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(See past events)

Colloquium

Keri Kornelson, Oklahoma.

Friday, September 21 at 4:00pm in Ritter 231 with refreshments beforehand in the Ritter Hall Lobby.

Norm retrieval via spatiotemporal samples

Abstract: There is a relaxation of the problem of phase retrieval in which the magnitude of a signal is computed from phaseless measurements. We require less information, so can be possible with fewer measurements than phase retrieval. As a ready example, an orthonormal basis yields norm retrieval measurements. In this talk, we introduce the concepts and earlier results about performing phase and norm retrieval in real, finite-dimensional space. We then present recent work with Fatma Bozkurt in which we do norm retrieval with dynamical samples, i.e. samples obtained at selected measurement points but repeated over time.

Geometry-Topology Seminar

Qayum Khan, Saint Louis U.

Tuesday, September 25, 4:10pm-5:00pm in Ritter Hall 216

Compact Hausdorff groups are pro–Lie

Abstract: This is a learning talk. We go through the Pontrjagin–Weil proof of von Neumann's 1933 theorem, that any compact Hausdorff group is the projective limit of Lie groups, using the Peter–Weyl theorem from classical harmonic analysis. Graduate students who have taken or are taking General Topology I (point-set topology) are encouraged to attend. Graduate students are also encouraged to give a later talk about their research or about an interesting fact in geometry or topology.

Statistics Seminar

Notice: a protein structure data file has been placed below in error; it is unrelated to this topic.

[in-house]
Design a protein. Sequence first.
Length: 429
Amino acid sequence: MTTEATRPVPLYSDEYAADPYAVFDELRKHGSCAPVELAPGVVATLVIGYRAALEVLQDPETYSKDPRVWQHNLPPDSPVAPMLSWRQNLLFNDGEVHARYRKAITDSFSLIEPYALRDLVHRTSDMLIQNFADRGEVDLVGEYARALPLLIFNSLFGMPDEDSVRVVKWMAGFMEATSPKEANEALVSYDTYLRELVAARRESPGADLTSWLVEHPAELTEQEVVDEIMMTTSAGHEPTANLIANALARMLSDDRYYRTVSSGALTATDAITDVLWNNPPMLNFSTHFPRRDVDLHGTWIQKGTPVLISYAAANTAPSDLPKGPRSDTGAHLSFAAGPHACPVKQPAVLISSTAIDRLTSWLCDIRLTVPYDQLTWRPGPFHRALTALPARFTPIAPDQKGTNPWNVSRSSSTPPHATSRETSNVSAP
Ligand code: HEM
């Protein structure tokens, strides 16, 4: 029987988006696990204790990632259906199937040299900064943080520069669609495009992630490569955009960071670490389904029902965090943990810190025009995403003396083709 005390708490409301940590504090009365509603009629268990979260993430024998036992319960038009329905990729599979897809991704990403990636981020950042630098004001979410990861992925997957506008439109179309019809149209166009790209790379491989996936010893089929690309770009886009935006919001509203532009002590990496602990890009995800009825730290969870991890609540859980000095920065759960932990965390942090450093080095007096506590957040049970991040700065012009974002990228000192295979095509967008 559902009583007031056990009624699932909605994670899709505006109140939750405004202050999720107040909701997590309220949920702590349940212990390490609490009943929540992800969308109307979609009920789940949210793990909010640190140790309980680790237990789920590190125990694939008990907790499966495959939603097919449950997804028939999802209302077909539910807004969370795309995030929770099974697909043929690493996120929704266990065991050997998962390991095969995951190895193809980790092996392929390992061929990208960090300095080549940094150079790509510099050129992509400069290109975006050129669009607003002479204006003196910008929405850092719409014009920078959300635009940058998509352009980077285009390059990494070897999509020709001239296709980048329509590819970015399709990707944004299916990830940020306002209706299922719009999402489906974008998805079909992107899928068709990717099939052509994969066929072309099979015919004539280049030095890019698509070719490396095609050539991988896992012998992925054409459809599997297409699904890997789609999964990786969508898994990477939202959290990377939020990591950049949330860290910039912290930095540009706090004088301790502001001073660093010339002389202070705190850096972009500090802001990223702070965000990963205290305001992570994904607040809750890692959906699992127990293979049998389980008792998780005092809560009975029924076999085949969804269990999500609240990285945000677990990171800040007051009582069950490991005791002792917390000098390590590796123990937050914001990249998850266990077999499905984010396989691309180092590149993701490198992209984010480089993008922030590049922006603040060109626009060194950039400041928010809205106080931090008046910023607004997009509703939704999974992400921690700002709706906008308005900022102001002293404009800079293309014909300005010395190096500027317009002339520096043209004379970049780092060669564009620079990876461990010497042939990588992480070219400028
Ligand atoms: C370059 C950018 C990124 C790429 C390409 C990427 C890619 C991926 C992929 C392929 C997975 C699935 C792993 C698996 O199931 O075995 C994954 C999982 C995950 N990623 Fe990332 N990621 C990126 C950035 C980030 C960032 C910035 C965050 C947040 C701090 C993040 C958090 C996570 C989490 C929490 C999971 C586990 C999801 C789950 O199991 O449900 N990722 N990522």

Tim Keller, Saint Louis U.

Thursday, September 27 at 3:00-4:00pm in Ritter 204

Stratified Simple Random Sampling with Multiple Estimation Objectives

Abstract: Non-response is the greatest challenge facing establishment surveys. A major contributing factor for survey non-response is respondent burden. To meet this challenge survey establishments must therefore strive to meet estimation goals with the smallest possible sample size.
A common and basic survey design is the stratified simple random sample, and a common estimate of interest is the population total for a survey item. For this special case, the problem of meeting multiple estimation objectives is formulated as a convex optimization problem, and a numerical method for determining the optimal allocation of a fixed overall sample size is presented.

Colloquium

Elodie Pozzi, Saint Louis U.

Friday, October 5 at 4:00pm in Ritter 231 with refreshments beforehand in the Ritter Hall Lobby.

A 2D inverse problem in magnetism

Abstract: Inverse problems have known a recent development in many fields like signal processing, medical imaging and more recently paleomagnetism. Broadly speaking, an inverse problem consists in reconstructing from a set of measurements the original source. We consider a 2D inverse problem in magnetism to estimate the net moment represented by the mean value of a function supported on an interval K of the real line from the partial knowledge of the magnetism on an another interval S located on the parallel line to K at height h>0. We will see how this question can be rephrased using complex analysis, harmonic analysis and operator theory. To estimate the mean value, we will construct and solve a constrained approximation problem. This talk is based on a joint work with Juliette Leblond, INRIA, France.

Colloquium Schedule

The Math/Stat Colloquium this semester will meet at 4:00pm in RH 231 with refreshments beforehand at 3:30 in the Ritter Lobby.
Our current schedule:

  • Friday, September 7, Haiyan Cai, UMSL (Analysis)
  • Friday, September 21, Keri Kornelson, Oklahoma Univ. (Analysis)
  • Friday, October 5, Elodie Pozzi, Saint Louis University
  • Friday, October 19, Ken Jacobs, Northeastern Univ. (Algebra)
  • Friday, November 2, Chris Connell, Indiana Univ. (Topology)
  • Wednesday, November 14, Shmuel Wienberger, Univ. of Chicago (Topology)